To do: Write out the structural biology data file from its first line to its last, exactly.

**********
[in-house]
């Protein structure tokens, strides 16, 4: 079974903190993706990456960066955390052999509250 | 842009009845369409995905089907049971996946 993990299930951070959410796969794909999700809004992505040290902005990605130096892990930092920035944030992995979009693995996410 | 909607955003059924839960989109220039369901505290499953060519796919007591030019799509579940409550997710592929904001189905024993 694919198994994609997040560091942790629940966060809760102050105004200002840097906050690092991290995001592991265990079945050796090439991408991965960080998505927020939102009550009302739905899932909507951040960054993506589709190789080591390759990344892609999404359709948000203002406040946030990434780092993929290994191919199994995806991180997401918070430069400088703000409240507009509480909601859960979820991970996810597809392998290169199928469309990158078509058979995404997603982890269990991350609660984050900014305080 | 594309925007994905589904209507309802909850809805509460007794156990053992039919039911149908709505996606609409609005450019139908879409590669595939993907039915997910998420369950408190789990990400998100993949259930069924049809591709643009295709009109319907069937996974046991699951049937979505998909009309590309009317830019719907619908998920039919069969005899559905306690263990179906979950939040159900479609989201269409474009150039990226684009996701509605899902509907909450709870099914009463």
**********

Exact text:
[in-house]
């Protein structure tokens, strides 16, 4: 079974903190993706990456960066955390052999509250 | 842009009845369409995905089907049971996946 993990299930951070959410796969794909999700809004992505040290902005990605130096892990930092920035944030992995979009693995996410 | 909607955003059924839960989109220039369901505290499953060519796919007591030019799509579940409550997710592929904001189905024993 694919198994994609997040560091942790629940966060809760102050105004200002840097906050690092991290995001592991265990079945050796090439991408991965960080998505927020939102009550009302739905899932909507951040960054993506589709190789080591390759990344892609999404359709948000203002406040946030990434780092993929290994191919199994995806991180997401918070430069400088703000409240507009509480909601859960979820991970996810597809392998290169199928469309990158078509058979995404997603982890269990991350609660984050900014305080 | 594309925007994905589904209507309802909850809805509460007794156990053992039919039911149908709505996606609409609005450019139908879409590669595939993907039915997910998420369950408190789990990400998100993949259930069924049809591709643009295709009109319907069937996974046991699951049937979505998909009309590309009317830019719907619908998920039919069969005899559905306690263990179906979950939040159900479609989201269409474009150039990226684009996701509605899902509907909450709870099914009463």